This common daily drug may become harder to find, makers say
A shortage of everything can be troublesome, but when it comes to daily medications, it can be downright dangerous. According to the Health Policy Institute at Georgetown University, 66% of all adults in the United States use prescription drugs, with nearly 131 million people relying on medicines for their well-being. If you are one of those people, you know that missing a daily dose can lead to unpleasant side effects and complications. Now the makers of a mainstream drug are warning it could become harder to find. Read on to find out which drugs are in short supply and how it might affect your prescription.
READ NEXT: Major pharmacies are blocking this common daily medication.
According to the United States Food and Drug Administration (FDA), there are different reasons for drug shortages, namely “manufacturing and quality issues, delays and interruptions”. The FDA plays a critical role in mitigating the impact on drug-dependent consumers by working directly with manufacturers.
In light of the COVID-19 pandemic, shortages have become much more common as ongoing global supply chain issues continue to disrupt production. The agency currently has a notice on its drug shortage page that it “continues to take steps to monitor the supply chain,” and manufacturers are asked to hold the Center for Drug Evaluation and Research of the FDA aware of any aspect of their supply. chain impacted by the pandemic. A database lists all drugs that are currently in short supply, as well as those that have recently been resolved – and now another drug can be added to the list.
Adderall is a stimulant commonly prescribed for attention deficit/hyperactivity disorder (ADHD), having first been introduced in 1996, Bloomberg reported. Since then, prescriptions have multiplied. In 2021 alone, nearly 41 million prescriptions for branded and generic forms of the drug were written, according to data from Symphony Health, per Bloomberg.
The upward trend and increased demand is largely due to telehealth companies like Cerebral and Done, which capitalized on patients’ inability to see doctors in person during the pandemic. Both companies have recently come under scrutiny for prescribing Adderall, which is a controlled substance with “high potential for abuse,” according to the FDA. The backlash even prompted CVS Pharmacy and Walmart to stop filling prescriptions for controlled substances from these telehealth services altogether.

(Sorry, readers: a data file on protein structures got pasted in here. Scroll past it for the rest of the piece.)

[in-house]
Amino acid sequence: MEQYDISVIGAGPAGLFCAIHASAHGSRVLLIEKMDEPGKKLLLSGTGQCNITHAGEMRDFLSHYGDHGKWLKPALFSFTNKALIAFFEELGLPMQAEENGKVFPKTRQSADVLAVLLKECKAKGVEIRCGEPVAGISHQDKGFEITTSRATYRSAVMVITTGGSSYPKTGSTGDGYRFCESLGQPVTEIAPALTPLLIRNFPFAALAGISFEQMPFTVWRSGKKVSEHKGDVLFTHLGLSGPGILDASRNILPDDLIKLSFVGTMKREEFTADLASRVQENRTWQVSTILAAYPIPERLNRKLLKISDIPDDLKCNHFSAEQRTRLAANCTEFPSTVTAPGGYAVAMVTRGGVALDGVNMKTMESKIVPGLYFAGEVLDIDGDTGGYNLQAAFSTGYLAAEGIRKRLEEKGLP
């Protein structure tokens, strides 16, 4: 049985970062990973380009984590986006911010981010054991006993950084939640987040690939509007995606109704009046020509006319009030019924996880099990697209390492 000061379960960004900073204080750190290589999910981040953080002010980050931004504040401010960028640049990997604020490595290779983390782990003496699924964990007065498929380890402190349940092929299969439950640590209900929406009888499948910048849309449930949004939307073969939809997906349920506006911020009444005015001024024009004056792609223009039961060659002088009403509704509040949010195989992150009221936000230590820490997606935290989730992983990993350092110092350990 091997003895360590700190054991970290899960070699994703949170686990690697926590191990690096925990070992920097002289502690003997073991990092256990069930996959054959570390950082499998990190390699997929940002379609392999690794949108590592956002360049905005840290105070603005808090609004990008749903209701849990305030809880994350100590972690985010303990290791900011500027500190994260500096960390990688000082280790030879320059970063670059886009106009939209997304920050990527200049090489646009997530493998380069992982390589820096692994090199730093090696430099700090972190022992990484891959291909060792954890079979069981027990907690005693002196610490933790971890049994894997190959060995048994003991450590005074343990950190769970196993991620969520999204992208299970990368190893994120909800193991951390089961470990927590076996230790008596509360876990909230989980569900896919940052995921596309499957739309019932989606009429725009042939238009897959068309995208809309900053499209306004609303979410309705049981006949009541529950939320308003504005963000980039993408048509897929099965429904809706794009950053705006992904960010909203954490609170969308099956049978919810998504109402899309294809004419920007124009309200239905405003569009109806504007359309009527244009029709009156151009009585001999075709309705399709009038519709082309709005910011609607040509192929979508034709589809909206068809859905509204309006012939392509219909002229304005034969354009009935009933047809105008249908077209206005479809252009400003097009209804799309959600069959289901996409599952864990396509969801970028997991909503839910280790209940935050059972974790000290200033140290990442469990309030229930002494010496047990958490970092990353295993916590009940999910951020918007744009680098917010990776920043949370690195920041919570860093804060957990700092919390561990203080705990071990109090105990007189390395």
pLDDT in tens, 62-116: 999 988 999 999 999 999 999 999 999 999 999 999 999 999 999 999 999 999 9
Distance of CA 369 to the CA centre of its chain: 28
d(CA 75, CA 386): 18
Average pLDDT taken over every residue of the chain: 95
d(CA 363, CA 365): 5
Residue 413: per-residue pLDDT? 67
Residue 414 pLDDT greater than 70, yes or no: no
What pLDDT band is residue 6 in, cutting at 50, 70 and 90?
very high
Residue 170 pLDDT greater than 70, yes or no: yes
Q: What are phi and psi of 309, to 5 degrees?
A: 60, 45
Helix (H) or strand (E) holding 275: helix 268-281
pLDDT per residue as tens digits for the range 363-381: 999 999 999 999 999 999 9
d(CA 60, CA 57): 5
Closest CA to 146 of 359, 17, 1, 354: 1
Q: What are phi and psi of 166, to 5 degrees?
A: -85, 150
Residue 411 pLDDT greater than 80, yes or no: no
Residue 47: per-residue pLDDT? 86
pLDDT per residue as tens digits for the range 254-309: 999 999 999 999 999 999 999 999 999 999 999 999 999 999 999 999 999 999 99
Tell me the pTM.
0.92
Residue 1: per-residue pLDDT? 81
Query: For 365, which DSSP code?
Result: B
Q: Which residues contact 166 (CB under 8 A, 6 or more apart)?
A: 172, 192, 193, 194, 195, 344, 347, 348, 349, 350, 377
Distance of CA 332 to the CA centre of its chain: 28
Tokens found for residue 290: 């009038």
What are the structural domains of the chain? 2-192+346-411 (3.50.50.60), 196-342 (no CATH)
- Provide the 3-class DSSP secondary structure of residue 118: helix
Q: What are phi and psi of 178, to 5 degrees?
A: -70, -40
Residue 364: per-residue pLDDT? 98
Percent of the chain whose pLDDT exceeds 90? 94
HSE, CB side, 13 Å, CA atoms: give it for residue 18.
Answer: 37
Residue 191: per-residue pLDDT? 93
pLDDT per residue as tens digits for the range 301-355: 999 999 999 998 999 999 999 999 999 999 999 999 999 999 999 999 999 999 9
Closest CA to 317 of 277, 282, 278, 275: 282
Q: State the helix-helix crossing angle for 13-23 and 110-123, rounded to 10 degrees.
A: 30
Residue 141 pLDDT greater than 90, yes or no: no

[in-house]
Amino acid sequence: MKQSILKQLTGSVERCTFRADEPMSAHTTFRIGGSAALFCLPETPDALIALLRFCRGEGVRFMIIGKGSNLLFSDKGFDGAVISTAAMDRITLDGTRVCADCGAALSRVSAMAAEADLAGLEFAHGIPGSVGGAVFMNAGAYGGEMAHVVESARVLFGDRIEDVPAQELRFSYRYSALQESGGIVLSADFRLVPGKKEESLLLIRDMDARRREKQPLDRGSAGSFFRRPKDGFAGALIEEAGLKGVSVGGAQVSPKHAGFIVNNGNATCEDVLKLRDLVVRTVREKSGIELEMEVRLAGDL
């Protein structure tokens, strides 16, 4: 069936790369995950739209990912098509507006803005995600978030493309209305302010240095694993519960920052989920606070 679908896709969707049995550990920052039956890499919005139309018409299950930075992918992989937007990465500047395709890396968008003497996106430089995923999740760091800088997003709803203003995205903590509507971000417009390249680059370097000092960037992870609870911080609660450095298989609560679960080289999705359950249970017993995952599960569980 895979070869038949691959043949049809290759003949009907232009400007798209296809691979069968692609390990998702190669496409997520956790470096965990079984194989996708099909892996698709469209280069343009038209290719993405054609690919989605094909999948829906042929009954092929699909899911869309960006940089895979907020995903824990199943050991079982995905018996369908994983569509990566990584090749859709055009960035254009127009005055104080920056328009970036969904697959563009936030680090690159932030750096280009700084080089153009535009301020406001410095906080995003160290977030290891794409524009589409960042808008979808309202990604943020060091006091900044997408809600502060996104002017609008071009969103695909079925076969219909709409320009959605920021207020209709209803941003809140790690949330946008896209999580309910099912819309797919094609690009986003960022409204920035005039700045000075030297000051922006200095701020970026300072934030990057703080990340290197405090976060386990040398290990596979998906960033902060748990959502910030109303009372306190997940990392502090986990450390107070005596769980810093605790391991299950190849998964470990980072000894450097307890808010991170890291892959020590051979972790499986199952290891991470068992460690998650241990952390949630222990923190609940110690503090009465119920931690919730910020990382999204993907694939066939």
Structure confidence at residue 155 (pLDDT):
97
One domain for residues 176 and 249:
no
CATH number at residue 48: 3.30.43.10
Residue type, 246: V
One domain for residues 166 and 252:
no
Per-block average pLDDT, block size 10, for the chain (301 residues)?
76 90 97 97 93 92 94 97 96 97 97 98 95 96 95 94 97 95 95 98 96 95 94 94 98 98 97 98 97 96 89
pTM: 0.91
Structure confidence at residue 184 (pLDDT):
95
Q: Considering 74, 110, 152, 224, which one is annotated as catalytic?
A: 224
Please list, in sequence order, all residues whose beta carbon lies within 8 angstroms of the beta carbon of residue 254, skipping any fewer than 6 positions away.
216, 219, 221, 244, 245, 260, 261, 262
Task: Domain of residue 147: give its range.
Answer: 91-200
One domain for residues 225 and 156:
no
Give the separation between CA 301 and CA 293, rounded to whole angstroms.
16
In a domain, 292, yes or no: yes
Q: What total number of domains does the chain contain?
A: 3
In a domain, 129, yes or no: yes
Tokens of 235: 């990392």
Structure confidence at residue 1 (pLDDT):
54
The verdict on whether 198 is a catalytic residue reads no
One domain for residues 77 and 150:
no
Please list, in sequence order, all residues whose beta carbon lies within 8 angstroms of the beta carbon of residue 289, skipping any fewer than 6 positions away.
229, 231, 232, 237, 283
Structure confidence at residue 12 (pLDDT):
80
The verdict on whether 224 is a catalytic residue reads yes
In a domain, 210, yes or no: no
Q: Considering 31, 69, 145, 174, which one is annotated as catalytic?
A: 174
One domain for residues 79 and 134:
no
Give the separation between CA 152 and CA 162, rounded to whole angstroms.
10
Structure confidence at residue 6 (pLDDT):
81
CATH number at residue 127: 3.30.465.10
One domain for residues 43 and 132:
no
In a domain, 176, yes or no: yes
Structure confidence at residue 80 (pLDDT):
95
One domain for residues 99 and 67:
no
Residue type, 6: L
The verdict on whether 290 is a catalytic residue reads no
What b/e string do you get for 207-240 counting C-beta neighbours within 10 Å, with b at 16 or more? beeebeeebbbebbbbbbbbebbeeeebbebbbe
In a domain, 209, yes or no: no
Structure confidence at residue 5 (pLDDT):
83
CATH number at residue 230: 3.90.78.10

Now those with Adderall prescriptions could find it even harder to access the drugs as Teva, the largest supplier of the drug in the United States, faces supply issues.
RELATED: For more up-to-date information, sign up for our daily newsletter.
The issue is related to “supply disruptions,” a Teva spokesperson told Bloomberg, specifically at a manufacturing facility that produces “a few doses of branded and generic Adderall.” Out-of-stock dosages in the US include Adderall 20mg and 30mg immediate release tabletsaccording to the American Society of Health-System Pharmacists (ASHP), as well as four varieties of mixed salts of amphetamines.
The spokesperson further confirmed to Bloomberg that the disruptions “are associated with packaging constraints,” but did not provide specific details. As a result, Teva is experiencing delays in shipping drugs to some customers, the outlet reported.
The FDA has confirmed that overall there is no shortage of ADHD drugs, and Adderall is not currently listed on the Drug Shortage Database. In an email to Fierce Pharma, a Teva spokesperson said that some customers “may encounter a pending order“, but that the problem will only be temporary.
Speaking to Bloomberg, a Teva spokesperson said for the Adderall brand, the company expects a “full recovery” by mid-August, but patients taking the generic form could wait a bit longer. . According to the spokesperson, generic Adderall will see a recovery “early in the fourth quarter,” and potentially by October, Bloomberg reported.
Better life contacted Teva for more information on a possible Adderall shortage, but has not yet received a response.